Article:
Most of the manhole covers of The New York City Department of Environmental Protection come from India.
When asked in an email
Regarding the Mail information from the ministry\'s cover source, Mark Daley, communications director of the city\'s administrative services department, said that state law requires the city to purchase the lowest
Price products that meet their specifications. Mr.
Daley said that the law prohibits the city from excluding the company according to the place of manufacture of the product.
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Municipalities and utilities often purchase manhole covers through middlemen who have signed contracts with foreign foundries;
New York City buys sewer covers through a company in Flushing, Queens.
Con Edison said it did not intend to cancel any contract with Shakti after seeing the photos, although it had gradually canceled India-
Due to the change of design specifications, it has been several years since the manhole cover was manufactured.
Alfred Spada said that manhole covers made in India can be 20 to 60% cheaper than those made in the United States, editors and publishers of modern foundry magazines, and speakers of the American Foundry Association.
Indian foundry workers are paid a few dollars a day, while American foundry workers are paid about $25 an hour.
People who make manhole covers in New York City seem to be proud of their work and are happy to be photographed doing so.
Production Manager of Shakti industrial plant.
Ahmed was very enthusiastic about the photographer\'s visit and had a full tour of the facilities, stopping to measure the temperature of the molten metal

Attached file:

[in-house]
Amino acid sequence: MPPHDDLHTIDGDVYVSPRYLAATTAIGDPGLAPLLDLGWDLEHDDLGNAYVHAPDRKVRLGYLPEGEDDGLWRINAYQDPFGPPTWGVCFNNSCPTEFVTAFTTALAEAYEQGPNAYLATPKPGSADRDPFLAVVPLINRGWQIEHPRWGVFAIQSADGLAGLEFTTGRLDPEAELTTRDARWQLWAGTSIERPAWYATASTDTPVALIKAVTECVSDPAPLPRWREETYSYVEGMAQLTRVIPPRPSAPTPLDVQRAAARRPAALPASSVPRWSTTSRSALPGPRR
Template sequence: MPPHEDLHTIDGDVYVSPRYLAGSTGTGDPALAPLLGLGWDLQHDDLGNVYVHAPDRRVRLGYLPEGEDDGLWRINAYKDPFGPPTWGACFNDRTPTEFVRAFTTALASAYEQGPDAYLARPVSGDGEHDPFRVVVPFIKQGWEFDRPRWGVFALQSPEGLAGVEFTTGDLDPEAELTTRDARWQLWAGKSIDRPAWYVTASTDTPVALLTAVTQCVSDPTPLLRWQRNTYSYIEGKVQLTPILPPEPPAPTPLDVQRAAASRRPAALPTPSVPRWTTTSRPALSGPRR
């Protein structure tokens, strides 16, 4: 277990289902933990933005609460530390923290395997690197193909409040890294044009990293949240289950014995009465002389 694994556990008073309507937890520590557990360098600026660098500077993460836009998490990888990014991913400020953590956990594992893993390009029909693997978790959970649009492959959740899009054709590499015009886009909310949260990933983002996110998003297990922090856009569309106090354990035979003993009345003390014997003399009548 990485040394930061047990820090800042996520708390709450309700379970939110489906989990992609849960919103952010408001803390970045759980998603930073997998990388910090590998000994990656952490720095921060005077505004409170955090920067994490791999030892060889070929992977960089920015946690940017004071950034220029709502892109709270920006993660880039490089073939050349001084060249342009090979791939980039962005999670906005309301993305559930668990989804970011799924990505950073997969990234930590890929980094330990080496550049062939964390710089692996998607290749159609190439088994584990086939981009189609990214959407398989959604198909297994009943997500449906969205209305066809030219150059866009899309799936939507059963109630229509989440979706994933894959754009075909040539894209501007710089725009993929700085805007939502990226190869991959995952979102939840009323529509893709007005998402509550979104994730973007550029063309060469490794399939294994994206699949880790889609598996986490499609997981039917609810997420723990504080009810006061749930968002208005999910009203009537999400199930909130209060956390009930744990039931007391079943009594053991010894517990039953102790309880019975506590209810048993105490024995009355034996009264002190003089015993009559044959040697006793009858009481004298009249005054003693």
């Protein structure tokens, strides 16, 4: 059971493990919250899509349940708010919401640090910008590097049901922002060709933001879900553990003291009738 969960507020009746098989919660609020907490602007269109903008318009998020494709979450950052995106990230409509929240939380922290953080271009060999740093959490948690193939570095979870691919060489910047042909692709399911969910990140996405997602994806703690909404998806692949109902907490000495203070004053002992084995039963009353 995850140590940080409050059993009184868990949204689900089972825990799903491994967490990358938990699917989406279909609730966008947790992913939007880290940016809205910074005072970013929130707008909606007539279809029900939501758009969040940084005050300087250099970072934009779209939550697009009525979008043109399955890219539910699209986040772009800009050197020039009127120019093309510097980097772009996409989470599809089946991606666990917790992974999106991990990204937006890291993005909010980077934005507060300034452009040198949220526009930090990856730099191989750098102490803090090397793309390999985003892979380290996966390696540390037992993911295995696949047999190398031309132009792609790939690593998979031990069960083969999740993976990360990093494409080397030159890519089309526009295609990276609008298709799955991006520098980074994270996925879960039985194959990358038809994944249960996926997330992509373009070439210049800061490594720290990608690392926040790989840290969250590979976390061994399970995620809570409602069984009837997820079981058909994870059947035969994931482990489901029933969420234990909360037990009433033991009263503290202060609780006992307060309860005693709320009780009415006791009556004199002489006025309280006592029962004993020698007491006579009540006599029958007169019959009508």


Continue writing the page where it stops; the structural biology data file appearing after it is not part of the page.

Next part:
About 1,400 degrees Celsius, or more than 2,500 degrees Fahrenheit.
India\'s 1948 plant safety law deals with cleaning, ventilation, waste disposal, overtime pay and fresh drinking water, but the only protective equipment it provides for is safety goggles. Mr.
Modi said his factory is in compliance with basic safety regulations and workers should not be barefoot.
\"It must be a very hot day when taking pictures,\" he said . \".
Some Labor activists in India say the number of injured is much higher than the number shown in the data.
\"Many accidents have not been reported,\" H said . \"
Deputy Secretary-General of the General Assembly, Mahadevan --
Trade union conference in India.
In general, advertising security \"is not considered a serious problem by the employer or the Union \".
Added Mahadevan. A. K.
Ananda, director of the Indian foundry workers Institute in New Delhi, India trade association, said in a telephone interview that foundry workers \"should not work barefoot,\" but he cannot answer questions about what safety equipment they should wear.
At the Shakti industrial foundry, \"There has never been an accident. Period,” Mr. Modi said.
\"Everything is good according to God\'s will.
Heather Timmons from New Delhi and J.
Adam hagkins from Hala, India
A version of the article appears on the print on page A1 of the New York edition, titled: New York manhole covers, forged barefoot in India, sweating.